Water, sewer rates could see increase
According to City Manager Sheila Aldrich, the rate increases are directly linked to a decrease in usage.
“People have done a very good job at conserving water,” she said. “Unfortunately, the expenses aren’t going down the same as the water (usage).”
Last year’s budget anticipated water sales of $568,775, but the current amount collected is only $457,303.01. The city’s 2012-13 fiscal year ends on June 30, Aldrich explained, leaving that portion of the water budget with far less than expected.
On the sewer side of the budget, circumstances are similar, she added, with $670,000 anticipated last year, and only $527,619.60 coming in to date. Aldrich noted the increased cost of sludge disposal – the company is charging more to haul it away because of fuel prices – is also putting a strain on the sewer budget.
The only capital improvement planned at the sewer plant is a methane burner fix.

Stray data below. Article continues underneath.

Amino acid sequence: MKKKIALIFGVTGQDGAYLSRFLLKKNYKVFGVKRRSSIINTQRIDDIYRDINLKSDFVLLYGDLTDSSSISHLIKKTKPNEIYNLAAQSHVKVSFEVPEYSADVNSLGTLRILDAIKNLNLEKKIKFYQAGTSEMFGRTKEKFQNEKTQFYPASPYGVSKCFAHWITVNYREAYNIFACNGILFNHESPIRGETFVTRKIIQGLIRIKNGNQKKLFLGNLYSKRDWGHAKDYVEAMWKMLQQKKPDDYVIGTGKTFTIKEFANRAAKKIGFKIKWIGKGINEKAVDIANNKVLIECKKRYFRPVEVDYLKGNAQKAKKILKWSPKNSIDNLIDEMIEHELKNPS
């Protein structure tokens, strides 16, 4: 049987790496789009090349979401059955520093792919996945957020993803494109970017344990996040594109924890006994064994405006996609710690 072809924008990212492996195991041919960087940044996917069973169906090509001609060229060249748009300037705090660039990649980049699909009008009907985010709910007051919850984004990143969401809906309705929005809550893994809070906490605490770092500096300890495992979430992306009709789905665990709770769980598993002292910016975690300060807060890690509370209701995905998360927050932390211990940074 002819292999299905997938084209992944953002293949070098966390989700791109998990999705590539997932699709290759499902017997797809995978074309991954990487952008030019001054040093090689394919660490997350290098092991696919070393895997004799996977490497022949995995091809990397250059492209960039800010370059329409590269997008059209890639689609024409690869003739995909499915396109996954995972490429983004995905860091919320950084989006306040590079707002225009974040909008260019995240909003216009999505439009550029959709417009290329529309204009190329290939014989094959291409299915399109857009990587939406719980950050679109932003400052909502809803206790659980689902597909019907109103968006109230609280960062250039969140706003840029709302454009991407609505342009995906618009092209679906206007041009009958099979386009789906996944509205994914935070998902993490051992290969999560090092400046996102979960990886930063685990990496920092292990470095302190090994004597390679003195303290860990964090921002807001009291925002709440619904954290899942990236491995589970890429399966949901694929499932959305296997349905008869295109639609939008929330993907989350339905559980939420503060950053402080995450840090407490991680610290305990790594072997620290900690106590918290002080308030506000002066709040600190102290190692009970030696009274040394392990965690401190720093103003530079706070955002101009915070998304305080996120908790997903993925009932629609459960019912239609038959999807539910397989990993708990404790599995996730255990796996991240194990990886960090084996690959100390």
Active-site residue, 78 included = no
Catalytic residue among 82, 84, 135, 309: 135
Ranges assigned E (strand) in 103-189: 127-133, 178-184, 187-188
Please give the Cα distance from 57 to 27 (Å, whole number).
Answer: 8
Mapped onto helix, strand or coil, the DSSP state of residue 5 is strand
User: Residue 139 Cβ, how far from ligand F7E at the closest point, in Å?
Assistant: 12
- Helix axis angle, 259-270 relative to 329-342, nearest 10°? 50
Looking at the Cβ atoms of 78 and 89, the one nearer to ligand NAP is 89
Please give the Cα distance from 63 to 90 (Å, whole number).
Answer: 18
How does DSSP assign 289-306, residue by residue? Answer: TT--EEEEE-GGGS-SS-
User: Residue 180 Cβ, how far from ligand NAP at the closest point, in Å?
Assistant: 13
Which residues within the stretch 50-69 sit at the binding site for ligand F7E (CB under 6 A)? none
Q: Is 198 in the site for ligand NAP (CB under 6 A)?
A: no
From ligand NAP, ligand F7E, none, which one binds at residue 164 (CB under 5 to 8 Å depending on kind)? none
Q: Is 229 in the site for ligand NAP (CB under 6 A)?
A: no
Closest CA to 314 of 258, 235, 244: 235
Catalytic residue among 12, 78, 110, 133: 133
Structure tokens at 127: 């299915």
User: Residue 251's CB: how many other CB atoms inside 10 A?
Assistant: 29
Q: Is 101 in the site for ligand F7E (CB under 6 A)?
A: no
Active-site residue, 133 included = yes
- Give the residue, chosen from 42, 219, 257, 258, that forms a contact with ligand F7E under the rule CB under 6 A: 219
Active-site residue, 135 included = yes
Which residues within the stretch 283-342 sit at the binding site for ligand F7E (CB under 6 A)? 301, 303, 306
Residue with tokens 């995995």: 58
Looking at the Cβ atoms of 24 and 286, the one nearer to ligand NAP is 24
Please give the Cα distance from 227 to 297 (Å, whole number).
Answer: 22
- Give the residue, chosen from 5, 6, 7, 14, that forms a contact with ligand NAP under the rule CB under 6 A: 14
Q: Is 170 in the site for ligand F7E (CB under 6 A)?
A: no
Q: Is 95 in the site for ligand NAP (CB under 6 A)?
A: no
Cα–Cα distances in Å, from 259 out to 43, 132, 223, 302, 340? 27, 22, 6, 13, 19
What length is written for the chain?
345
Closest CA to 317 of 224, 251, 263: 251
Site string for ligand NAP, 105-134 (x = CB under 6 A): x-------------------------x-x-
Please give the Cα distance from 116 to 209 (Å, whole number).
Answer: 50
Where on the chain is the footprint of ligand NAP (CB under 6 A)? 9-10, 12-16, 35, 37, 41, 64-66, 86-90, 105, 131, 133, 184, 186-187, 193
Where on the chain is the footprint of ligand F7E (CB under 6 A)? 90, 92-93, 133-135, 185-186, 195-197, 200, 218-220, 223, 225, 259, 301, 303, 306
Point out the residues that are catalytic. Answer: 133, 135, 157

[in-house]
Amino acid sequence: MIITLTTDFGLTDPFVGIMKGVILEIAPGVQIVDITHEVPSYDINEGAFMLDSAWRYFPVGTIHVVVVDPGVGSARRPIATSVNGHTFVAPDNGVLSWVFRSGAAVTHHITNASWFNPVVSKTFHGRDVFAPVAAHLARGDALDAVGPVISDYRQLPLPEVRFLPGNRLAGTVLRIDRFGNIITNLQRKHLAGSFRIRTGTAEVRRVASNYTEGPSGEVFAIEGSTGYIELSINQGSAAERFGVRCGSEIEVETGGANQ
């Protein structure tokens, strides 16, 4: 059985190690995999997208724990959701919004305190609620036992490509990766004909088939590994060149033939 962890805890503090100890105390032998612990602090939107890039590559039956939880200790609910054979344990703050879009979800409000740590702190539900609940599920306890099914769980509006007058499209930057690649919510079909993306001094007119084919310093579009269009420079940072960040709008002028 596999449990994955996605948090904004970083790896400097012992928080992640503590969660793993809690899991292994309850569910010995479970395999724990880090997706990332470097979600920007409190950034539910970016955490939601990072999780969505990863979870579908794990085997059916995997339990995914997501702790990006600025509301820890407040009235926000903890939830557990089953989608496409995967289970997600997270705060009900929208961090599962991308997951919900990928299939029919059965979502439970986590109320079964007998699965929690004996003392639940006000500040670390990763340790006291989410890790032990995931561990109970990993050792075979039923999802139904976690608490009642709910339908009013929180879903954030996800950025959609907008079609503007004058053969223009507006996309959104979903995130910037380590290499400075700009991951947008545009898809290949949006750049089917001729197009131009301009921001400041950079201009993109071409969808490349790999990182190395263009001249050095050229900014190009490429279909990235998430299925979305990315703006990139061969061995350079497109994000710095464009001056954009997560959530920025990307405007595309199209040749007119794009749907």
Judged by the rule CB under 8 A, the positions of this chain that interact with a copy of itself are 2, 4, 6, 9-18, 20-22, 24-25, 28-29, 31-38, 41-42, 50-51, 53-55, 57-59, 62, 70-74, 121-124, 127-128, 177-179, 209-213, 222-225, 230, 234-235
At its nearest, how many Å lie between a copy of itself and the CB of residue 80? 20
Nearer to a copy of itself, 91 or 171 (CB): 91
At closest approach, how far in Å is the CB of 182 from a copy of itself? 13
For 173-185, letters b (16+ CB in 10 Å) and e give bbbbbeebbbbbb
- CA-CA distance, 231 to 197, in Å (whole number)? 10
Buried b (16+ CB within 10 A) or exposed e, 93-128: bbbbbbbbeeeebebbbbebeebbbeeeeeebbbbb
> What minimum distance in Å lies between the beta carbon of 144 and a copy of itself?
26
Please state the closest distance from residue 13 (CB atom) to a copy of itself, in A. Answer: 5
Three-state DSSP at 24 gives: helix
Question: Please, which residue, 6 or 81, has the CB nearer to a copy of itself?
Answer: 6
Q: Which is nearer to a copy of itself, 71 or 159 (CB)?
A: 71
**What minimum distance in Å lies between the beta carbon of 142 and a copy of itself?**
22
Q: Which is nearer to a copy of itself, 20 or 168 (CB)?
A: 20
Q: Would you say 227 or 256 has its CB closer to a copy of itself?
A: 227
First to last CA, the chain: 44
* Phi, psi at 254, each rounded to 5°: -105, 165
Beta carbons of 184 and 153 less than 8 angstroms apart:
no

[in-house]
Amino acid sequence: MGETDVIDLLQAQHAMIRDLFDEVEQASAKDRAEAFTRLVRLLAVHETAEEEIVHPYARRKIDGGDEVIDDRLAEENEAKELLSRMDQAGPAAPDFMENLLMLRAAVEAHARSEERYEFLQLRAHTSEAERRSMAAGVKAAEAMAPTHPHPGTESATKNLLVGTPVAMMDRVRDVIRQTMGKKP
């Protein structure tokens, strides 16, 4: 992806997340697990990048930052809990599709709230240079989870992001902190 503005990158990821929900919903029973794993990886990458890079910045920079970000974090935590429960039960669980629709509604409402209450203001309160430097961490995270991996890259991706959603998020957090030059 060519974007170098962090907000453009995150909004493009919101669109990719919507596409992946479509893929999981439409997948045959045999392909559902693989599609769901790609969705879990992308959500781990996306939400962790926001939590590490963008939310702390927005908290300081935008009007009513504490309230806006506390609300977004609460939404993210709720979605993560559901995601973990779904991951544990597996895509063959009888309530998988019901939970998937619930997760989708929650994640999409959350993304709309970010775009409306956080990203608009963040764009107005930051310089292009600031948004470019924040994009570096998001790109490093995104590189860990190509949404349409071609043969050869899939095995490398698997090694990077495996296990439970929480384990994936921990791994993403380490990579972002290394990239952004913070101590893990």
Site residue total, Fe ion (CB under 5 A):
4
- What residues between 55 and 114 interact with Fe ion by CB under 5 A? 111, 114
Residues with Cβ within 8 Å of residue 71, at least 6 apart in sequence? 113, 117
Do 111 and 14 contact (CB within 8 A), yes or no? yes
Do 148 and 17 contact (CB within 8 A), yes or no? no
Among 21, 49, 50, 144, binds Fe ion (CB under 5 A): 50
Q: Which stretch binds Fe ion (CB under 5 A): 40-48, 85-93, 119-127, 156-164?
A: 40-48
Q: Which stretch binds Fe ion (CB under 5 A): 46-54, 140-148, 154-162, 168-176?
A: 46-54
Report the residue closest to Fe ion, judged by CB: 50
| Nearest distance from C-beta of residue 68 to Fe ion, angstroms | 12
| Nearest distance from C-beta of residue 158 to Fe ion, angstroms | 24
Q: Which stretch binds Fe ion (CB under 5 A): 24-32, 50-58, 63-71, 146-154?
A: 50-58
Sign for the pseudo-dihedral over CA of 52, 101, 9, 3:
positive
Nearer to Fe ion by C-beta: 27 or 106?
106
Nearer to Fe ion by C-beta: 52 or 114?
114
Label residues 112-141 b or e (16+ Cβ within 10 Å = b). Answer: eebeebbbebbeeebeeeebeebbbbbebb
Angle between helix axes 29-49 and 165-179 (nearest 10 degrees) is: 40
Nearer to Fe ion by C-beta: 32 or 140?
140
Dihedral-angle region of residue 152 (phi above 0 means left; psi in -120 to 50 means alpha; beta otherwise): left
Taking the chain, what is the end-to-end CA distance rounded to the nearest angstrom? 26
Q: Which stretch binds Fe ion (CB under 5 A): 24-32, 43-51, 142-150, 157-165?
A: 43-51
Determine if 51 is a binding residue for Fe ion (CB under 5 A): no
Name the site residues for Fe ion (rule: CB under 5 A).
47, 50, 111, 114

“The one thing that we have told the regulatory agencies that we would get going is that methane burner that we have at the plant,” she said. “They’ve kind of given us a ‘pass’ on it, but that pass is coming to an end, and they want us to get that running again.”
There are no capital improvements planned at the water plant.
“It’s wages and salaries and chemicals and what it’s going to take to run the plant,” she said.
Aldrich explained increases in usage, not base rates, would be needed to offset expenses and decreased usage.
“What he (Corey Barr, water/ waste water superintendent) was advocating in this one, to offset the reduction in sales, was .85 per 1,000 (increase),” Aldrich said, referring to the water.
An increase of .53 cents per 1,000 gallons was proposed for the sewer rates. The total would be $1.53 added to each resident’s bill per 1,000 used of both water and sewer.
Last year, residents were subjected to a $3.14 increase in the water base fee, and a $2.82 increase in the sewer base fee.